Tuesday, January 8, 2008

How Do You Categorize A Trip?

I tried to think of ways to break our recent trip into categories...ways to rate the various experiences...clever icons or emoticons to use in a list. But, not everything fell into neat categories, and I was getting too obsessed about making it all work out neatly. So you get the quick and dirty version, with good, bad, and indifferent all jumbled together. Which is how travel, and all of life, really is when you come down to it. So, without further ado (and do you hate it as much as I do when someone writes "without further adieu"?) I give you The Journey to the Frozen Prairie:

*Colin is a GOOD traveler! We haven't taken a trip out of state for 4 years, and I knew he would travel better at age 6 than at age 2. But I was still surprised at how cheerfully and happily he sat in his booster seat and played games, chatted, looked at the sights, etc.

*We really can't travel all the way to Springfield in one day anymore. Maybe in the summer when it stays light later we could try it again. But all of us, and especially me, did so much better with an overnight break.

*Related to the last point...I found that constantly being aware of pacing myself on this trip was immensely helpful in keeping my pain and fatigue levels manageable. It's hard to face yet another area where I can't go on like I used to, but ultimately it's worth the adjustment.

*Hilton Garden Inns are great little hotels. We stayed at 3 different hotel chains this trip, and we liked HGI best. With holiday specials they were reasonably priced, very clean and pretty, and had a yummy breakfast buffet.

*Being together in the car is valuable family time. There's something about being closed up in a small space, progressing toward a goal, but yet not having anything TO DO that forced us all to relax, talk, and just enjoy being together.

*Yes, we did bring along things to do...just nothing that was work. Natalie and I both brought crafting stuff, Colin had some small toys and coloring books, Tom had his nap pillow. :)

*Illinois is depressing in Winter. Spring, Summer, or Fall there are things to see across the wide open spaces. But in Winter it is dark, grey, dingy, and blah. When we got back to NC we could see the difference that a slightly warmer climate makes; we have so many evergreen trees here and the grass is still green in many spots...nice.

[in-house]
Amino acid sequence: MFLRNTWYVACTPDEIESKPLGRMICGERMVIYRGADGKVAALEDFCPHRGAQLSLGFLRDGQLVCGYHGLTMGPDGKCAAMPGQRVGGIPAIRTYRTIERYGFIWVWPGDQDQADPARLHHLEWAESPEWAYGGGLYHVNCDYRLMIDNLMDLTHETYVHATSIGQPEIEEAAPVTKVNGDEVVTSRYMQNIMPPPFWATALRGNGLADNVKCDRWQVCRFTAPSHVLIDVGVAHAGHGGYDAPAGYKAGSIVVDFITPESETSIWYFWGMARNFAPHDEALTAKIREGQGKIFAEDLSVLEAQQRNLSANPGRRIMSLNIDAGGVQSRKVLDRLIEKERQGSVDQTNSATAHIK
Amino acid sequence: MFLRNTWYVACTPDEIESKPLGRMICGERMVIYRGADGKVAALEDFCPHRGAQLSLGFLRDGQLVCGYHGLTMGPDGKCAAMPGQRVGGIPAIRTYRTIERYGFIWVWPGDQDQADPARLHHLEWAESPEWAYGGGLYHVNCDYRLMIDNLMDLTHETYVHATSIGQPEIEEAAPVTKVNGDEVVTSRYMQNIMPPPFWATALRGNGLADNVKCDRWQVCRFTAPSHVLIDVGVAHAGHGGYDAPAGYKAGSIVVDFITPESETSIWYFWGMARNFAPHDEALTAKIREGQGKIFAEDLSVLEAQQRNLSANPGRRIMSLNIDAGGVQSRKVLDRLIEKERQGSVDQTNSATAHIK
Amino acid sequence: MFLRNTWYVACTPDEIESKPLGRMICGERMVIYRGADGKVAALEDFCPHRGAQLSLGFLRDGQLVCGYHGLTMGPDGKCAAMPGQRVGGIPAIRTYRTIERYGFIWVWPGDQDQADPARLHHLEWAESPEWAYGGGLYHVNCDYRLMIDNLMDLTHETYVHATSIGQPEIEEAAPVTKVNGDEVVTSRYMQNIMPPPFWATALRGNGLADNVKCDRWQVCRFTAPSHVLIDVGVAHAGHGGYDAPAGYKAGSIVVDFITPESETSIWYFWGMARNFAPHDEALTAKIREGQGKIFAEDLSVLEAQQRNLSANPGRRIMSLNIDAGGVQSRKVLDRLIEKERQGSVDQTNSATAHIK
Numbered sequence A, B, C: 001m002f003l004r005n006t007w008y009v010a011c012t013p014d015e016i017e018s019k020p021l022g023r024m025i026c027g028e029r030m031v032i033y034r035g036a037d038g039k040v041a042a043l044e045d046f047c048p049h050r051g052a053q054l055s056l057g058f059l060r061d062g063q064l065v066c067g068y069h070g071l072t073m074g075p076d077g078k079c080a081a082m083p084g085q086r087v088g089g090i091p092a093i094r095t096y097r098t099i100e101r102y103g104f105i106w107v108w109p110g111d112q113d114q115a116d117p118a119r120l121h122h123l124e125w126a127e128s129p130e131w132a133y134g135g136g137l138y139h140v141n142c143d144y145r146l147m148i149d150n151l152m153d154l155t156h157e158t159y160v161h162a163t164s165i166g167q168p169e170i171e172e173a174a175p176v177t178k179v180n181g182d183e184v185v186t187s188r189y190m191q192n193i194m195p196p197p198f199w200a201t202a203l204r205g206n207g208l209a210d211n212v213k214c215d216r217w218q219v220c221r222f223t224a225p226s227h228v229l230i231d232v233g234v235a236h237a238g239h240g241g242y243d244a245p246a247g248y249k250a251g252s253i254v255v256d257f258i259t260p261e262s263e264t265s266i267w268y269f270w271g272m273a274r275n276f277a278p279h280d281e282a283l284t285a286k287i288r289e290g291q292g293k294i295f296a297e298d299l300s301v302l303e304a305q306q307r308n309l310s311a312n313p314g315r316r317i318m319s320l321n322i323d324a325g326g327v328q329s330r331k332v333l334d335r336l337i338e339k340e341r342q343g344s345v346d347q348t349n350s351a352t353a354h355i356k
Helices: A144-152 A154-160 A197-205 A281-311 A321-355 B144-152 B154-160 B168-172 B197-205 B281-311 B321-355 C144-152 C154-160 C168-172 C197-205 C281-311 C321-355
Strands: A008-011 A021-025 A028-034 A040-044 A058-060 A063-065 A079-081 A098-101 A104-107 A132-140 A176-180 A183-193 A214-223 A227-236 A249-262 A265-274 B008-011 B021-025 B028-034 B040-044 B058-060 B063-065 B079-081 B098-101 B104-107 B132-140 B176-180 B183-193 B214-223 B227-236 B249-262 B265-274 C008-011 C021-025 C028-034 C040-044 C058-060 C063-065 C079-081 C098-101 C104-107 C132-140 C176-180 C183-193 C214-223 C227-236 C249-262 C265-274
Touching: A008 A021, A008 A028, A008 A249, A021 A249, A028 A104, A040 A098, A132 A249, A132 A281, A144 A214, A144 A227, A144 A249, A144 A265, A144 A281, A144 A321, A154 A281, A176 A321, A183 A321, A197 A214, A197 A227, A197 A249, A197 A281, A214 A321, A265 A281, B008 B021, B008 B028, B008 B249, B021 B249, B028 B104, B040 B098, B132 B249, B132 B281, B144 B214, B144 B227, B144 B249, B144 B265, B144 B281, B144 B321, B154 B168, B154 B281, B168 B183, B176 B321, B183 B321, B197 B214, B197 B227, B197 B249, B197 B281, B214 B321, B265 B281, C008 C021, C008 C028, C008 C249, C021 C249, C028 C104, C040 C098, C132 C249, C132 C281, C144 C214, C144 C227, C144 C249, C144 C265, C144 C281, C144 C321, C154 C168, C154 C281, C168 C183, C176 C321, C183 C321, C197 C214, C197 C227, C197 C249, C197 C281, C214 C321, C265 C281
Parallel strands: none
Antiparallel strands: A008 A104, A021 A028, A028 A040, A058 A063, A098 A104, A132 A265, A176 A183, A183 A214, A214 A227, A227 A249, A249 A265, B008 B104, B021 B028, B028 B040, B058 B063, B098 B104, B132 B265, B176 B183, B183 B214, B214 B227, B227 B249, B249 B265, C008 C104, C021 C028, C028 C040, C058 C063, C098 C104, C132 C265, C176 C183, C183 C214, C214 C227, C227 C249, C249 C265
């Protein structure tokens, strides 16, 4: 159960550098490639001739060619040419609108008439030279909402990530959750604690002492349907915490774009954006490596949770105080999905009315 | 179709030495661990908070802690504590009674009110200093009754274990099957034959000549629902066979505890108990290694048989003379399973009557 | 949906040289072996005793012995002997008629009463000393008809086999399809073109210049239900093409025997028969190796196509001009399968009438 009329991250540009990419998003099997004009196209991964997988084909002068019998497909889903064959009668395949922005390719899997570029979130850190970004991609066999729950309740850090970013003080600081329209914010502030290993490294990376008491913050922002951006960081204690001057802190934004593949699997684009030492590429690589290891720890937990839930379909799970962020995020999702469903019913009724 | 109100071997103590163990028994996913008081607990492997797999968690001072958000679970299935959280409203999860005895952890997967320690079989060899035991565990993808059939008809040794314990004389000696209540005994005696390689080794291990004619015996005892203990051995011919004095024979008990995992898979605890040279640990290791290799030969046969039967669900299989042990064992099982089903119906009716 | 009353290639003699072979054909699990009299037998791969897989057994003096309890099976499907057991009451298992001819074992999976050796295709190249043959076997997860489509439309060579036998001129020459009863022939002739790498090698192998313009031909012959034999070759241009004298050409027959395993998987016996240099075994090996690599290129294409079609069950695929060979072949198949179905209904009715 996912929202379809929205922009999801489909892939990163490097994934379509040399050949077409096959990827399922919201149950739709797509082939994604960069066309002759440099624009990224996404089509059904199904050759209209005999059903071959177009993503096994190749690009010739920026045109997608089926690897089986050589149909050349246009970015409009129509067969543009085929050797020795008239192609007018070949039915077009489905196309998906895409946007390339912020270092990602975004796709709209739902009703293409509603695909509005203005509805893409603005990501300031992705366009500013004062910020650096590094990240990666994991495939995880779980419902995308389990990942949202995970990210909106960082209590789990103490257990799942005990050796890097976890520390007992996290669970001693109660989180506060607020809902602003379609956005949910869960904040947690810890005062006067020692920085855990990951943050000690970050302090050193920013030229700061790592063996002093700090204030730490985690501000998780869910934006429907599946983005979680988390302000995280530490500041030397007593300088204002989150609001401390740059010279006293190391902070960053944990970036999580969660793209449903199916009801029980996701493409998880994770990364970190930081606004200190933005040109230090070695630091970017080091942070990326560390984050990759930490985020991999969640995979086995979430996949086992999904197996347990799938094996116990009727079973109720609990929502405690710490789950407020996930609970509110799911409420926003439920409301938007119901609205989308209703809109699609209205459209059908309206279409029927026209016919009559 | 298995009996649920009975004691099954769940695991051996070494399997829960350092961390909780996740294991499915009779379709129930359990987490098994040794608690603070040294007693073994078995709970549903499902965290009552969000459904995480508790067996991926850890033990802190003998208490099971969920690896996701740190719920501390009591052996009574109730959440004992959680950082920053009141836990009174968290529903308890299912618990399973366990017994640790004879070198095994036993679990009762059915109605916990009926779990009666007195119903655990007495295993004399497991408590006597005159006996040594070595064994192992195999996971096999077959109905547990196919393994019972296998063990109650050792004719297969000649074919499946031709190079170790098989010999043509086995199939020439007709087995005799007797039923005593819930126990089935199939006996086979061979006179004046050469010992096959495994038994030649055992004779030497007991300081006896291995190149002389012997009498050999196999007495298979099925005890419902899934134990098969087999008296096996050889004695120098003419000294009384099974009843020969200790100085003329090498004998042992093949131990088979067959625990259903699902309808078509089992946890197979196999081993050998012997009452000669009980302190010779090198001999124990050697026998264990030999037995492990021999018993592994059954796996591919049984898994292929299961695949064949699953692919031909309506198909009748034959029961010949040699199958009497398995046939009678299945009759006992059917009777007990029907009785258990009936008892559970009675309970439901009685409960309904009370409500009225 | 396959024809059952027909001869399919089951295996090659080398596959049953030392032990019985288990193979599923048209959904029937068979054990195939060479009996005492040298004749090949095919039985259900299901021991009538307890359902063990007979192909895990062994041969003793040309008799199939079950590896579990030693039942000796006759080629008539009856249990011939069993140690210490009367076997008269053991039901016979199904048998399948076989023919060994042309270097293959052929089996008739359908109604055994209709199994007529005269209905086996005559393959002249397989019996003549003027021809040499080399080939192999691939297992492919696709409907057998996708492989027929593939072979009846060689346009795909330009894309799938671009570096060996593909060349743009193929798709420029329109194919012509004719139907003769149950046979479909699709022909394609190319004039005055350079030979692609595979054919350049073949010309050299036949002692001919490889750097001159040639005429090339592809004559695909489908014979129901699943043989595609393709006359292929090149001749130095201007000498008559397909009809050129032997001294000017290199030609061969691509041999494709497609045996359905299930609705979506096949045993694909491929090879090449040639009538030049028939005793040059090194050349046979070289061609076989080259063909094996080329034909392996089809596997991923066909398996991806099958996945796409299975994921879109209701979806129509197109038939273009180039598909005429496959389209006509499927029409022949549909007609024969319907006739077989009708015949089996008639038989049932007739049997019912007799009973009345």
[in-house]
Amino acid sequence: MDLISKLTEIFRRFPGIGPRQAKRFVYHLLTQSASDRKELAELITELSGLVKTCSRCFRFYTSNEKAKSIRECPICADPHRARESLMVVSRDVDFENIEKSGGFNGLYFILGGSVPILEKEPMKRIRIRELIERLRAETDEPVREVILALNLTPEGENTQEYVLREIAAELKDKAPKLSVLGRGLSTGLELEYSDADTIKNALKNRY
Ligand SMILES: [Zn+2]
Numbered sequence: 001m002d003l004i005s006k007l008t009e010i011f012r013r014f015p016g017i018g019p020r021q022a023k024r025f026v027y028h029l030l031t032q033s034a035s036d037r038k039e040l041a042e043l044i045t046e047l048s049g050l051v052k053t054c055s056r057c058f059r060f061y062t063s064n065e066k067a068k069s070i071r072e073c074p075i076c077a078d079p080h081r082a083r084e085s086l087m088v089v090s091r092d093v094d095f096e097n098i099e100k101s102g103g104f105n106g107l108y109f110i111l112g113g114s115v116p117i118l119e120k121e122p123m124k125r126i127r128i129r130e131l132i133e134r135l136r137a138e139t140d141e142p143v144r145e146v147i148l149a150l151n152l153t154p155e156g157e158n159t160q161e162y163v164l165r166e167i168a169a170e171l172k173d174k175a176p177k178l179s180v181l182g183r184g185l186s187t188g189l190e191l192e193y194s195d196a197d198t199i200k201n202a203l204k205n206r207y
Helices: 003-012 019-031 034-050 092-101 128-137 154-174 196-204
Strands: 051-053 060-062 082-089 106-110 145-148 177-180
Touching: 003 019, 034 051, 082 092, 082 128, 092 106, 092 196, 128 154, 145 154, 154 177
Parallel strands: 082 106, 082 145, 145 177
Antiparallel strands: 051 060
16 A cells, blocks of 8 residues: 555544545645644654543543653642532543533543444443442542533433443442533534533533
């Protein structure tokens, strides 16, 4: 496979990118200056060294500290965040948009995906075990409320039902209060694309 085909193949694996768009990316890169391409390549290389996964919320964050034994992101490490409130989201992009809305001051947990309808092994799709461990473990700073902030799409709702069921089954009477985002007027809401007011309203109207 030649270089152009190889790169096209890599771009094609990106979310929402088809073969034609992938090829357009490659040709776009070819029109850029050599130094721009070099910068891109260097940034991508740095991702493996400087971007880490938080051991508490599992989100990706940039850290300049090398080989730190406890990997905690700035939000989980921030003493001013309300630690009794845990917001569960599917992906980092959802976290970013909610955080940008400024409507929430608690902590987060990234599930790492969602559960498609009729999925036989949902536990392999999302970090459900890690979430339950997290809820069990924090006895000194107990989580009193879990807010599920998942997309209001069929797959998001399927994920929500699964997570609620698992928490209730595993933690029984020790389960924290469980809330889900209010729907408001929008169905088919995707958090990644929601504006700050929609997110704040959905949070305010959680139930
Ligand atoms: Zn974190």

*I don't like trying to socialize with a TV going constantly. My hearing isn't 100% so it takes a lot of concentration to hear conversations in a group, anyway. With TV added to that I tend to just tune out and shut up.

*We don't have exciting New Year's Eve parties at our house. There's nothing sacred about celebrating an arbitrary calendar date, so it's no big deal. But this year's celebration involved a blaring TV, a bunch of people looking bored, some good snacks, and a sparkling juice/champagne toast at midnight. Other people enjoyed it, so...good, that makes me feel better about it. Meh...

*It was good to have all of Tom's family together, and I think it meant a lot to his mom. The Roths are a talkative bunch, and there is always a lot of laughing and carrying on. Colin fit right in partly because he is so much like his Grandpa Roth...I just wish Grandpa Roth could have lived to see Colin.

*New Year's Day we got together with a bunch of people from my family...aunts, uncles, cousins, first-cousins-once-removed, friends...we all met in the fellowship hall of the church that most of them attend. We had pizza and soda and lots of conversation. It was very good to hear and see how everyone was doing. So many of them have faced trials and struggles, and yet I think everyone there that night is striving to live for the Lord and to serve Him. What a great heritage to have as a family.

*Being around family shows you so much about yourself and your children. It was good for our kids to see other kids being raised the same way they are. It was good for them to see other parents just as weird as theirs and to realize where all this weirdness came from. :)

*Tom and I got to talk with several of my cousins and their spouses about raising kids, and particularly some specifics about the challenges we face with our children who are now young adults. What a blessing to be in a family where no one seems to be swinging to the extremes of legalism or lawlessness, but instead striving to find the "Biblical middle". The specific applications of Biblical parenting look different in each of our houses, no doubt, but that's how it should be.

*I didn't get much crafting done on this trip despite packing a huge bag of knitting/crochet/needlework supplies. I cross-stitched one sunny morning at Mary's house, and knitted a dishrag in the car, and practiced some knitting stitches to the point of frustration. But I probably shouldn't have packed so much stuff to do. :)